Value in the Game Plan
I’m writing this on Super Bowl Sunday and really want to emphasize how important game plans can be. The past few weeks have brought a decent rise to the U.S. equity markets. Many clients are feeling confident again and letting go of the nervousness that persisted throughout late 2011. Now, it’s my turn to be nervous.
I find it easier to execute game plans when valuations are low and can feel a bit nervous when they are at multi-year highs.
Game plans get you through. Game plans get me through too.
Valuations, Yields & Staying the Course
Parts of the Plan
Buying investments low and at a good value has seemed fairly easy in the recent past. Especially for those investors with a long-term horizon. Although good values still exist, it is time to be a bit more cautious. One should not overlook the rise that 2012 has brought. Please consider dollar-cost-averaging into purchases even though it is not a guarantee for loss prevention, it may help.
Yields on U.S. Treasuries and many other bonds are very low. Their prices are still quite high even though some investors have obviously moved back into equities. Nervous investors often sit in these “safe” investments too long or pay too much for them. Even when feeling a bit nervous, it potentially pays to look at higher yielding investments with a portion of your portfolio. In other words, maintain some balance between asset classes. Let’s not run too fast one way or the other.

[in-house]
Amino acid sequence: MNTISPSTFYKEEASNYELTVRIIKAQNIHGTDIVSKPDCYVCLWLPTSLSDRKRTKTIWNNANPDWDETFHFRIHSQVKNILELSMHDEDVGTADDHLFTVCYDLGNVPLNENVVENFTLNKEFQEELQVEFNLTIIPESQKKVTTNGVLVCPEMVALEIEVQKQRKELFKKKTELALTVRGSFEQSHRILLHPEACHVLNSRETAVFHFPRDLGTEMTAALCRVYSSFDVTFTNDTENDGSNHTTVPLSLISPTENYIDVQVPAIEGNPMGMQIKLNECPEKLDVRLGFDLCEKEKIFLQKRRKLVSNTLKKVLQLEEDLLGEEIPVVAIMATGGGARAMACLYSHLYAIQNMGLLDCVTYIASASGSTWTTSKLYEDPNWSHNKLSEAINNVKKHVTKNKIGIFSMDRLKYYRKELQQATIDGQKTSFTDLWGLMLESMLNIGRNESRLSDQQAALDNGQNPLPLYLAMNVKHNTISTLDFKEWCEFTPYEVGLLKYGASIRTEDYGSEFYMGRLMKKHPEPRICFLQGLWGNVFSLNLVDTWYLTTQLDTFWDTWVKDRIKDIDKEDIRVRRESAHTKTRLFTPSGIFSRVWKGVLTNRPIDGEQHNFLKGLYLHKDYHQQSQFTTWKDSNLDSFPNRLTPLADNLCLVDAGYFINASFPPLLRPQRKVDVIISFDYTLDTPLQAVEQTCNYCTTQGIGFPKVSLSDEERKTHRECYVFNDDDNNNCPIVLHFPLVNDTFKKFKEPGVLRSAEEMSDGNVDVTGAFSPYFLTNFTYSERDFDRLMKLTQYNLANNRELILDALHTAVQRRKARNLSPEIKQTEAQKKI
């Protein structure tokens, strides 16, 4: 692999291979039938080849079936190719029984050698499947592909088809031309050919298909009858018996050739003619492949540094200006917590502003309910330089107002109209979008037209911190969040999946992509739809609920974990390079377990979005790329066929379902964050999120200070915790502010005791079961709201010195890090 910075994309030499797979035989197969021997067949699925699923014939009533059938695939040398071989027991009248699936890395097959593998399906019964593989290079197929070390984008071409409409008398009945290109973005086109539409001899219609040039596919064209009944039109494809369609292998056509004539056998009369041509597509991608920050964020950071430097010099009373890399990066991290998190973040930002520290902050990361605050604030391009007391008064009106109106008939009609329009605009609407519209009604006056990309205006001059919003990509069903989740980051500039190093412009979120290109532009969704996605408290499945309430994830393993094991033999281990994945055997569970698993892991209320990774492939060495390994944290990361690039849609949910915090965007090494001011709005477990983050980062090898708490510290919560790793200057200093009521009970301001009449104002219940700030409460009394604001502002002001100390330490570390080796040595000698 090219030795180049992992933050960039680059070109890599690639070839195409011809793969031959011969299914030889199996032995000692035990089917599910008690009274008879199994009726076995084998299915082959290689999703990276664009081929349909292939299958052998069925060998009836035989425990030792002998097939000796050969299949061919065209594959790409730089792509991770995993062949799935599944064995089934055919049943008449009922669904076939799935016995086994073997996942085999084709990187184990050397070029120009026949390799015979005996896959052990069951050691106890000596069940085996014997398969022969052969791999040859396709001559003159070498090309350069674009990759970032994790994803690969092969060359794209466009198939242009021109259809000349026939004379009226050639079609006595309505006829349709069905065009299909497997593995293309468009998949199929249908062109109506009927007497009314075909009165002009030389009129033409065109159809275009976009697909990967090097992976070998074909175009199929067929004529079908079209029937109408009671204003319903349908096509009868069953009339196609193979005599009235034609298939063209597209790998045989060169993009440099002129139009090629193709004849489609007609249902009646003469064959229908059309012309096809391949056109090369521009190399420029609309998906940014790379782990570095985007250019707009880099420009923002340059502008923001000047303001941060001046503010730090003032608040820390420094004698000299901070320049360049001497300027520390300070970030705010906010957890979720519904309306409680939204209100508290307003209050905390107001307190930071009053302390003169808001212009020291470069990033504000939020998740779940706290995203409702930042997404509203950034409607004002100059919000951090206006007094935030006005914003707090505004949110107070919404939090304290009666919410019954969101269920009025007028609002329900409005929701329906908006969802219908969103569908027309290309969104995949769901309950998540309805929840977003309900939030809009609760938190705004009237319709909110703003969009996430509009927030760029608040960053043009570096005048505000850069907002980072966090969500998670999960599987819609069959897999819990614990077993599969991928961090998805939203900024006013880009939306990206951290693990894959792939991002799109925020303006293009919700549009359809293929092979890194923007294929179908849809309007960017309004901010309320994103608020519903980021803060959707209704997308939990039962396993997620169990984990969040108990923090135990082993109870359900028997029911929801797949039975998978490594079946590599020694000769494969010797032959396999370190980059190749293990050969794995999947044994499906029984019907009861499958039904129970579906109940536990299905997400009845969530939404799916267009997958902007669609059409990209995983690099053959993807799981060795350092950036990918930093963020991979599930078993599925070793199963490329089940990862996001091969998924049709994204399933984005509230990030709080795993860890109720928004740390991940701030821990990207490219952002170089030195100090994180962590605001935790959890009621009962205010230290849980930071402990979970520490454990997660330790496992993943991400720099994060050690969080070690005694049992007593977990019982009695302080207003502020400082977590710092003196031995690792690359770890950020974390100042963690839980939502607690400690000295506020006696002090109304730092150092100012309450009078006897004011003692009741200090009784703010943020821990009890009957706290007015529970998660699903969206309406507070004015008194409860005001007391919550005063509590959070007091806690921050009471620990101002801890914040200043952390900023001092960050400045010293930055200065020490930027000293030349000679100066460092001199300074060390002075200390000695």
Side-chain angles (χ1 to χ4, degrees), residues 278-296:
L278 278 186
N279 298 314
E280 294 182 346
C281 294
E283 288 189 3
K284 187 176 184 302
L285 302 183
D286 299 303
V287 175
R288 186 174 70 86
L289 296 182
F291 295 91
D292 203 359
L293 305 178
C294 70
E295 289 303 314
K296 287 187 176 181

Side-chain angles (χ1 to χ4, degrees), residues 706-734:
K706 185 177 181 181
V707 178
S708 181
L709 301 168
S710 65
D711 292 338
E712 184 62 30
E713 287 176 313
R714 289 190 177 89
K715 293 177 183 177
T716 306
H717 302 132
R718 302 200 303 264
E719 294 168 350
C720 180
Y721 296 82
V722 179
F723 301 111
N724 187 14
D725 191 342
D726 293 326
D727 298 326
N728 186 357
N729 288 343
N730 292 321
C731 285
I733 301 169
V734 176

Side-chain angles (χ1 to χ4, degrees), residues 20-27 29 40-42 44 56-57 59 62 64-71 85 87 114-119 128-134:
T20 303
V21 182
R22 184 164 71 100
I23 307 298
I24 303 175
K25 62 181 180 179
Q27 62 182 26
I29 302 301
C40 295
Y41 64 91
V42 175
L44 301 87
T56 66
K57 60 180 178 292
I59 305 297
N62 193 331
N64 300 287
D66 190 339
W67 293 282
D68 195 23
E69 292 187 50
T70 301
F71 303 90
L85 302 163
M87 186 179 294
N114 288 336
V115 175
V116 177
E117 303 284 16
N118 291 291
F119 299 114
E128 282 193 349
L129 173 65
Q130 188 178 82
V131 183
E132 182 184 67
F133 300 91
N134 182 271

Staying the course means that we stick to the game plan. My game plan includes systematic investing, quarterly rebalancing, and profit taking where appropriate. Nervousness often subsides when you take action that isn’t predicated on a daily move or headline news. Markets can move dramatically both directions. Your investment game plan should not.
Let’s hope the recent rally holds. Let’s not be too exuberant and overweight asset classes that have already rallied.
Until next week,
Susan R. Linkous
Notes: Dollar-cost averaging involves systematic purchases regardless of price; please consider your ability to do so. Bonds are subject to market and interest rate risk if sold prior to maturity.
Quote of the Week
“What happens is not as important as how you react to what happens.”